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The Sciences

How The National Science Foundation Drives US Innovation

By Chris MooneyJanuary 27, 2011 7:37 PM

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This is a sample post composed as part of the NSF “Science: Becoming the Messenger” workshop held in Lawrence, Kansas on January 27-28, 2011. The exercise here was to take a “message triangle” (a communication device) about the National Science Foundation and convert it into a written blog post. The NSF triangle that was used is pasted below.

In his State of the Union address Tuesday, President Obama declared that this is our generation’s “Sputnik moment,” and urged a bold new investment in scientific careers, education, and research. Throughout the speech, the president then highlighted a variety of innovative companies that are using technology to make a difference.

The president didn’t directly discuss the crucial connection between basic, curiosity-driven scientific research on the one hand, and more applied research (leading to new technologies) on the other. This was, after all, the State of the Union, not a wonk fest! But the National Science Foundation epitomizes the importance of basic research in laying the groundwork for economic growth and innovation—and will certainly play a pivotal role in this new technology focused agenda.

NSF funds nearly two thirds of all non-life sciences basic research at universities in the U.S. Indeed, it’s the only federal agency that funds all of the scientific disciplines. The agency’s research portfolio thus has unique breadth and depth, meaning that the knowledge it funds has the potential to inspire entrepreneurs and spark innovation in a variety of economic sectors.

But how do we know that the funding of basic research—which, after all, is intended to enlarge our store of knowledge, not the national GDP—ultimately leads to jobs and the growth of companies?

In one sense, you never know where a particular study will lead, save with the benefit of hindsight. However, if we let history serve as our guide, it becomes clear that much of tomorrow’s economy is being born today in university research labs, as they conduct research funded under NSF grants.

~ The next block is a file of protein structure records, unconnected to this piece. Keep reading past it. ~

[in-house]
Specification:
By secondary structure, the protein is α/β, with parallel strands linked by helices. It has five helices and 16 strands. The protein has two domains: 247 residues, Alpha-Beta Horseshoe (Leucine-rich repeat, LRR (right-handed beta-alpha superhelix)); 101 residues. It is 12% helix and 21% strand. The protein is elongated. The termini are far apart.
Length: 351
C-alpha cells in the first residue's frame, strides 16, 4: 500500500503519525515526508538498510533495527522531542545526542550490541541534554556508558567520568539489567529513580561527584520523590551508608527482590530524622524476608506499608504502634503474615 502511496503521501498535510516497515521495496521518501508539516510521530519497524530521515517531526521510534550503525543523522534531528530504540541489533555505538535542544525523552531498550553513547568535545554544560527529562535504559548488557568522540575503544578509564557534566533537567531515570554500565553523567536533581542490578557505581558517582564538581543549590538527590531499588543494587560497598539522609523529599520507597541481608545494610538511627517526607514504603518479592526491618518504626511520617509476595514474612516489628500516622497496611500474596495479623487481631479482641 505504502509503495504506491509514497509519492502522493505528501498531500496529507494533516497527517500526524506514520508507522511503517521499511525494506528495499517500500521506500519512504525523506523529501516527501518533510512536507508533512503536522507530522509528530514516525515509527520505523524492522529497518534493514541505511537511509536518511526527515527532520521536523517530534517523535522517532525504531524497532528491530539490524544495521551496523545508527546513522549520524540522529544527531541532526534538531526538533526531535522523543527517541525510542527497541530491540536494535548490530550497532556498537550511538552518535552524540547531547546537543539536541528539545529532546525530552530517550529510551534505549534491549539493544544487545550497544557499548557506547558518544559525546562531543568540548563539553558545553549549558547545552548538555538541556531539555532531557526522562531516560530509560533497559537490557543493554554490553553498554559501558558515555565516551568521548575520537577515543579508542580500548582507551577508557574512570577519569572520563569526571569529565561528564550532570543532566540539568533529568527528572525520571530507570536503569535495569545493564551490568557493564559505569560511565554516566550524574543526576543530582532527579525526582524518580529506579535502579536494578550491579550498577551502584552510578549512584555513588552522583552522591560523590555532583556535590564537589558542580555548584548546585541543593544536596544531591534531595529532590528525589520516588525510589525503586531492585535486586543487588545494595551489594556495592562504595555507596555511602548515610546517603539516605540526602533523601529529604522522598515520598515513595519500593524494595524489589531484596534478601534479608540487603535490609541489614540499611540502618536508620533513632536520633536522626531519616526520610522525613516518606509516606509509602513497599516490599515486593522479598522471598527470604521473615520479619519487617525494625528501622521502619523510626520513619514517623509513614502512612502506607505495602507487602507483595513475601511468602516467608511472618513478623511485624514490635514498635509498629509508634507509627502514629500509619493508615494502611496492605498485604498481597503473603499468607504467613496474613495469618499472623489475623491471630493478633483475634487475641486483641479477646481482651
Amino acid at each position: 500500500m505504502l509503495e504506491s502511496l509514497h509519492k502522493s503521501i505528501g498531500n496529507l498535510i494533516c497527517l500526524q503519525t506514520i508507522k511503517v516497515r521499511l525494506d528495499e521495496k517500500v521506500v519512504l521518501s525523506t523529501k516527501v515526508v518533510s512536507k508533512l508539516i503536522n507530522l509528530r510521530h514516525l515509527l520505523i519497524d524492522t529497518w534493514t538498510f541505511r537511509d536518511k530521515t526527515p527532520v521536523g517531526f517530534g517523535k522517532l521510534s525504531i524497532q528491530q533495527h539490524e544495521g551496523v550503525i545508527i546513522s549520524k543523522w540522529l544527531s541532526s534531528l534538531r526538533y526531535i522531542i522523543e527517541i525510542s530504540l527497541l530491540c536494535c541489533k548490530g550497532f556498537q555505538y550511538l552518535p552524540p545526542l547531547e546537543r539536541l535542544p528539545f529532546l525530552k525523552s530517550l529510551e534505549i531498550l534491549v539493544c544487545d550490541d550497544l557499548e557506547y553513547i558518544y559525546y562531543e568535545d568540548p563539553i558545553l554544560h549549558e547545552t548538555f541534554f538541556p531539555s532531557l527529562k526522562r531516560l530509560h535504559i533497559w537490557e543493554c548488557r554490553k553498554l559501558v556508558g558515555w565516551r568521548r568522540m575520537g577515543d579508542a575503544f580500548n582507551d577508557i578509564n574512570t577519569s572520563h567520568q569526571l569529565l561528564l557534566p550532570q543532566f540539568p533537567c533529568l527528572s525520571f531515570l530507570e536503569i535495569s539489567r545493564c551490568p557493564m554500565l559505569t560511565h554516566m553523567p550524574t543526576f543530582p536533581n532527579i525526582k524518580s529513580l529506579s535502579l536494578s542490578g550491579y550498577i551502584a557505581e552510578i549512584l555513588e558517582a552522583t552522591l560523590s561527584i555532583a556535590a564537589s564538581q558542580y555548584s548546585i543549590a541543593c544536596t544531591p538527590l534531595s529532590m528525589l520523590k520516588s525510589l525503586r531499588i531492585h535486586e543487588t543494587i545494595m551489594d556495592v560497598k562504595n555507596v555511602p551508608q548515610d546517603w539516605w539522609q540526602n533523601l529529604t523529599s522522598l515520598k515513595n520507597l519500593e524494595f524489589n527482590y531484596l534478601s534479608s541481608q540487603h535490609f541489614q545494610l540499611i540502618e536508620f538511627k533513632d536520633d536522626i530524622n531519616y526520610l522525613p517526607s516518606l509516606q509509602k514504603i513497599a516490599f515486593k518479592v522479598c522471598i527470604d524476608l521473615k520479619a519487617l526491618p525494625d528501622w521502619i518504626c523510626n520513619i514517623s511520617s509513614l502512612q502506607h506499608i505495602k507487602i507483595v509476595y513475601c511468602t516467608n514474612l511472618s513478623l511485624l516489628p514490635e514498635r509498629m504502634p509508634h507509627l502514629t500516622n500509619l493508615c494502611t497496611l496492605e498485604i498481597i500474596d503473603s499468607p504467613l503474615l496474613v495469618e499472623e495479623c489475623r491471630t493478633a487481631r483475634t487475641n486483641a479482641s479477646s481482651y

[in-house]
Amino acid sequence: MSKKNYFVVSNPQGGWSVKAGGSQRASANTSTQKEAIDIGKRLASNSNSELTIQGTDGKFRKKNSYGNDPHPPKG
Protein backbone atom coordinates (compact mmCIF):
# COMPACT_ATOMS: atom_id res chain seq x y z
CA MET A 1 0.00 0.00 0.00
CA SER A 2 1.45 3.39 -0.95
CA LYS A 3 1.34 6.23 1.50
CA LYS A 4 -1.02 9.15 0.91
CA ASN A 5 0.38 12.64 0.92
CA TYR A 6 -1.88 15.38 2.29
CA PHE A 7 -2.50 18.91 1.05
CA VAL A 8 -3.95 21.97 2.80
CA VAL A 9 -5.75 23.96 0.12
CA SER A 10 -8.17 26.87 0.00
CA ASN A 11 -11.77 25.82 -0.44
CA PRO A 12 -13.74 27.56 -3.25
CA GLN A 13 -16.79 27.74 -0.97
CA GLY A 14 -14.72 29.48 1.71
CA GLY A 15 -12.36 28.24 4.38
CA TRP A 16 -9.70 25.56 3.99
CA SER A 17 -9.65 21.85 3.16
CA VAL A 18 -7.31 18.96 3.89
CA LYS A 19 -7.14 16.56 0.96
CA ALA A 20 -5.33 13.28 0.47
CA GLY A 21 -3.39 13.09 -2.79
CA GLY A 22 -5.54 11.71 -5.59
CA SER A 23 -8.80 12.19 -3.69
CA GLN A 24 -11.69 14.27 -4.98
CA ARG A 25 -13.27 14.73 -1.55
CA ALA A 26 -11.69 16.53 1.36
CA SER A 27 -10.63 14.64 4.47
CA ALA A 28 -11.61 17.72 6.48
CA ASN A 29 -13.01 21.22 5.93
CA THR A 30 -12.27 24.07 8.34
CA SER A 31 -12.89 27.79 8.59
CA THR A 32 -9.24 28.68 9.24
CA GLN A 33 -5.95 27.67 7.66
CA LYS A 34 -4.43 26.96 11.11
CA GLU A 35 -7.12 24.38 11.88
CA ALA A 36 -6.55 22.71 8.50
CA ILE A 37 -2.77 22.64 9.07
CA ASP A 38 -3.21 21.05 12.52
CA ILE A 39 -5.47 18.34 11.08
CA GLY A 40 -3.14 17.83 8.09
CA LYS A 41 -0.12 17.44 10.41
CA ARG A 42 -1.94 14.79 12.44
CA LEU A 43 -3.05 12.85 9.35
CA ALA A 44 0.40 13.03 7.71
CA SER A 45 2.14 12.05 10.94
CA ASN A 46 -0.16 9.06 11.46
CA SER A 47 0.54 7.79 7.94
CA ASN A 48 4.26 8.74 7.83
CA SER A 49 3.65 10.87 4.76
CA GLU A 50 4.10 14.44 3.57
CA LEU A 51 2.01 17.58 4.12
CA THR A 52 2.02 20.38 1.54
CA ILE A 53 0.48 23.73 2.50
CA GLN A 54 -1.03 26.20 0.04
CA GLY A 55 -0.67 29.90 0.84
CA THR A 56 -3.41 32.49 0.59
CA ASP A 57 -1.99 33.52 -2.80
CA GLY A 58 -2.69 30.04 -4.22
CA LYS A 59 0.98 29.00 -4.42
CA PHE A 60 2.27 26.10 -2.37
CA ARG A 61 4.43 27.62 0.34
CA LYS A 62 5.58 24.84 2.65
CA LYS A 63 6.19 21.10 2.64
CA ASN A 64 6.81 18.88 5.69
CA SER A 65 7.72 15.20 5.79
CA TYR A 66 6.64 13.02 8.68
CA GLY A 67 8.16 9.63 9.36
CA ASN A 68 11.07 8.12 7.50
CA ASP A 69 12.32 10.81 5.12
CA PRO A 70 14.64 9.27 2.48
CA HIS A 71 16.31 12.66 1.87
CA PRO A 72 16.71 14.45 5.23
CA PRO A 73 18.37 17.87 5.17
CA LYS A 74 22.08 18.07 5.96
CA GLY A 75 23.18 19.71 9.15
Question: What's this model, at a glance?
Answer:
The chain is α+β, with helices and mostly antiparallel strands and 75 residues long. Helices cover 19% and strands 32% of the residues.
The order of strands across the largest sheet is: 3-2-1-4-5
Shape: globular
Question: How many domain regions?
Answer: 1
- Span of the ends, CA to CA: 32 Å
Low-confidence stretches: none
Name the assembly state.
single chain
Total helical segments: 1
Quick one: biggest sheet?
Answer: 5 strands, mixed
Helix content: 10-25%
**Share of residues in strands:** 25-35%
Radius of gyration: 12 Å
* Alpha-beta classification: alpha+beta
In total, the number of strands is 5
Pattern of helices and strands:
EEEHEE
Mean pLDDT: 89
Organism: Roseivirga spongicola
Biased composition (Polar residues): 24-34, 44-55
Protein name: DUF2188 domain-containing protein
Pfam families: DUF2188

Consider the work of Nobel Prize-winning economist Robert Solow, who found that advances in knowledge and technology drove more than half of U.S. economic growth during the first half of the 20th century. Indeed, as the National Academy of Sciences has put it (discussing what happened when scientists and engineers learned how to dramatically increase the capacity of the microchip): “It enabled entrepreneurs to replace tape recorders with iPods, maps with GPS, pay phones with cell phones, two-dimensional X-rays with three-dimensional CT scans, paperbacks with electronic books, slide rules with computers, and much, much more.”

From the energy industry to Pharma, it’s not hard to see the close relationship between pure knowledge generation on the one hand, and valuable products and jobs on the other. That’s why our government long ago made a commitment to funding basic research, laying down a baseline of knowledge that innovators could then pick up and run with. First after World War II, and then again after the Soviet launch of Sputnik, we turned to science not only for the purpose of national defense, but to ensure prosperity at home.

And now after the Great Recession, we’re going to do it again.

The triangle

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